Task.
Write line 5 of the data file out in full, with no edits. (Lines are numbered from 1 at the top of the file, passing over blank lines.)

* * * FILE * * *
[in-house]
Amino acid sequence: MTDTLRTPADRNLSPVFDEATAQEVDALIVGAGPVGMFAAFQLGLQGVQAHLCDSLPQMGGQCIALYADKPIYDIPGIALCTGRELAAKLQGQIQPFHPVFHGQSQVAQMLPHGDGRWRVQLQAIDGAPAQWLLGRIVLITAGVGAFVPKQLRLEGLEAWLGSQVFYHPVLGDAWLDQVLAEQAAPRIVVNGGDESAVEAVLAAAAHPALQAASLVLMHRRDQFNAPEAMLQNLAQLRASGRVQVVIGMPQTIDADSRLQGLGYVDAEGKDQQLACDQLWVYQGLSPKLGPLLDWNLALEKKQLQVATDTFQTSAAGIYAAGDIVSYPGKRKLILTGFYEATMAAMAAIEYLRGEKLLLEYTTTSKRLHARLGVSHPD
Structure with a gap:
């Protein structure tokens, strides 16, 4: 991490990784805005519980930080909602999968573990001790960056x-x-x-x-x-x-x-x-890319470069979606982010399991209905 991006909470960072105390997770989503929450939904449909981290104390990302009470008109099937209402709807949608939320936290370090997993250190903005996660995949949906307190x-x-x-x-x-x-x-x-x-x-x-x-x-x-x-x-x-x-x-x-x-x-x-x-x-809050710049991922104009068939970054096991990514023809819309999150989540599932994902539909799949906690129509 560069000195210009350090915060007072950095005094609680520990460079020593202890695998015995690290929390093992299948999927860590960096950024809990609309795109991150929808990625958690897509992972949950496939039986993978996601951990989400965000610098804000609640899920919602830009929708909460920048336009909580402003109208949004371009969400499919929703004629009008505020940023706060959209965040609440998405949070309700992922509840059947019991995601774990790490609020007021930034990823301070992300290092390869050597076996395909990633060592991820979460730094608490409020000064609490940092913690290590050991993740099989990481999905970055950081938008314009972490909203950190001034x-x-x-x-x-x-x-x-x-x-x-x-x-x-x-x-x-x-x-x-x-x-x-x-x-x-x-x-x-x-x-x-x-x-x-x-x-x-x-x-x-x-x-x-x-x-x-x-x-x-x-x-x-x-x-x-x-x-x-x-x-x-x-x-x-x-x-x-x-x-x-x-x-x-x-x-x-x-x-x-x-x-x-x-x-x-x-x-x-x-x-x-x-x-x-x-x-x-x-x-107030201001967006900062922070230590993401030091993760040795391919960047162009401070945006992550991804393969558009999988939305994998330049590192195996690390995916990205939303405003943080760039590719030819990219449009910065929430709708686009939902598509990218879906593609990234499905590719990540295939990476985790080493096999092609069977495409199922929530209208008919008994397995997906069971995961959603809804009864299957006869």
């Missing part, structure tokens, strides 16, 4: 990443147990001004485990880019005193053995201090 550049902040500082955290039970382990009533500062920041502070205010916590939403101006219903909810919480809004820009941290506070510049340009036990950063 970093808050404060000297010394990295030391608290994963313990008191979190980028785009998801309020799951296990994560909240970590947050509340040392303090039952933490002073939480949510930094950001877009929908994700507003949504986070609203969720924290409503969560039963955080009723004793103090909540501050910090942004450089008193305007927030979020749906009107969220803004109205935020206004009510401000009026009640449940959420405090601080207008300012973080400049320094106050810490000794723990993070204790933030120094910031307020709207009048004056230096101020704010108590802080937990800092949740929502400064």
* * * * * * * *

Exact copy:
């Missing part, structure tokens, strides 16, 4: 990443147990001004485990880019005193053995201090 550049902040500082955290039970382990009533500062920041502070205010916590939403101006219903909810919480809004820009941290506070510049340009036990950063 970093808050404060000297010394990295030391608290994963313990008191979190980028785009998801309020799951296990994560909240970590947050509340040392303090039952933490002073939480949510930094950001877009929908994700507003949504986070609203969720924290409503969560039963955080009723004793103090909540501050910090942004450089008193305007927030979020749906009107969220803004109205935020206004009510401000009026009640449940959420405090601080207008300012973080400049320094106050810490000794723990993070204790933030120094910031307020709207009048004056230096101020704010108590802080937990800092949740929502400064």